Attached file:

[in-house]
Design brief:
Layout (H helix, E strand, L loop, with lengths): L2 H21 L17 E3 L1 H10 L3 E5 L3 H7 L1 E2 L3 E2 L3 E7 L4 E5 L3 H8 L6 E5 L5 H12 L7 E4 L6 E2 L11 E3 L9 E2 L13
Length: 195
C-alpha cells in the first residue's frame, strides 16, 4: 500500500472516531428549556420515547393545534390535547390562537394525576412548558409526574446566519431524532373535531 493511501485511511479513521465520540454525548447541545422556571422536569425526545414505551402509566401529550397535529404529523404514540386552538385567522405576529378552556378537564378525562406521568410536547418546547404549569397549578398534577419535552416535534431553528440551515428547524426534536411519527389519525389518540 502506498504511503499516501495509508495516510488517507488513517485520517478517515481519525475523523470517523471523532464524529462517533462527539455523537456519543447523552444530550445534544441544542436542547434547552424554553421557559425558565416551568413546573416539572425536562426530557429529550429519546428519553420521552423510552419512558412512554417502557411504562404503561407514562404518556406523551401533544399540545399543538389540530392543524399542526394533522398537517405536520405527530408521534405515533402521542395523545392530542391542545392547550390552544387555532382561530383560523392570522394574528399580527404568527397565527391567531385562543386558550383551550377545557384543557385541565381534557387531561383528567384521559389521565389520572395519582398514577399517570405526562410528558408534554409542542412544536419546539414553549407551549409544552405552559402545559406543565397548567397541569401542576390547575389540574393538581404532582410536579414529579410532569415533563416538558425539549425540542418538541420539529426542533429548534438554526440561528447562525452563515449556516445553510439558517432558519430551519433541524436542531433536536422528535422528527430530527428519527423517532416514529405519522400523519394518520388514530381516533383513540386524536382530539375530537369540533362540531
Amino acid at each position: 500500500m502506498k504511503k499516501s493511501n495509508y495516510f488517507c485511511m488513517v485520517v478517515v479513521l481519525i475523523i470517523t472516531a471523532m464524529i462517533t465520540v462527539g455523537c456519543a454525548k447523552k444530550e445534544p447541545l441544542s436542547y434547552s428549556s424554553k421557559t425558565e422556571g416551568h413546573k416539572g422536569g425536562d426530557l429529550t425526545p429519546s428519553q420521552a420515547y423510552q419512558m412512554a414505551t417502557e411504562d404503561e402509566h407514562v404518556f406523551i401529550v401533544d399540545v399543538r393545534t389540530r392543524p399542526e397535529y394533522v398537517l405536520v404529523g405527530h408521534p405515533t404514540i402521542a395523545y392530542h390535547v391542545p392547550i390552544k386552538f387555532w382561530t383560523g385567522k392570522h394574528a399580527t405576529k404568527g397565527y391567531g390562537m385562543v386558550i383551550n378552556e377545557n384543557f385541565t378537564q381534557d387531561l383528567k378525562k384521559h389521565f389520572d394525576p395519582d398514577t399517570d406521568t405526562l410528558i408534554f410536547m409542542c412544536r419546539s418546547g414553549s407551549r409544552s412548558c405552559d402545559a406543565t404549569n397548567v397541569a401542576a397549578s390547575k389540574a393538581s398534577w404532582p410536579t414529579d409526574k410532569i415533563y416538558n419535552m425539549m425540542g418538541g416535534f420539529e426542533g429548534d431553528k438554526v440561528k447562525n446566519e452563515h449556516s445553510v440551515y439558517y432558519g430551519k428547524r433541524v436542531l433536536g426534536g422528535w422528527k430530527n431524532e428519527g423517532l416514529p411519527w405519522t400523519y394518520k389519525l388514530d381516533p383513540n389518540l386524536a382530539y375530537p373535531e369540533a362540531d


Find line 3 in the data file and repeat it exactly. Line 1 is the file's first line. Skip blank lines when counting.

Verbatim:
Layout (H helix, E strand, L loop, with lengths): L2 H21 L17 E3 L1 H10 L3 E5 L3 H7 L1 E2 L3 E2 L3 E7 L4 E5 L3 H8 L6 E5 L5 H12 L7 E4 L6 E2 L11 E3 L9 E2 L13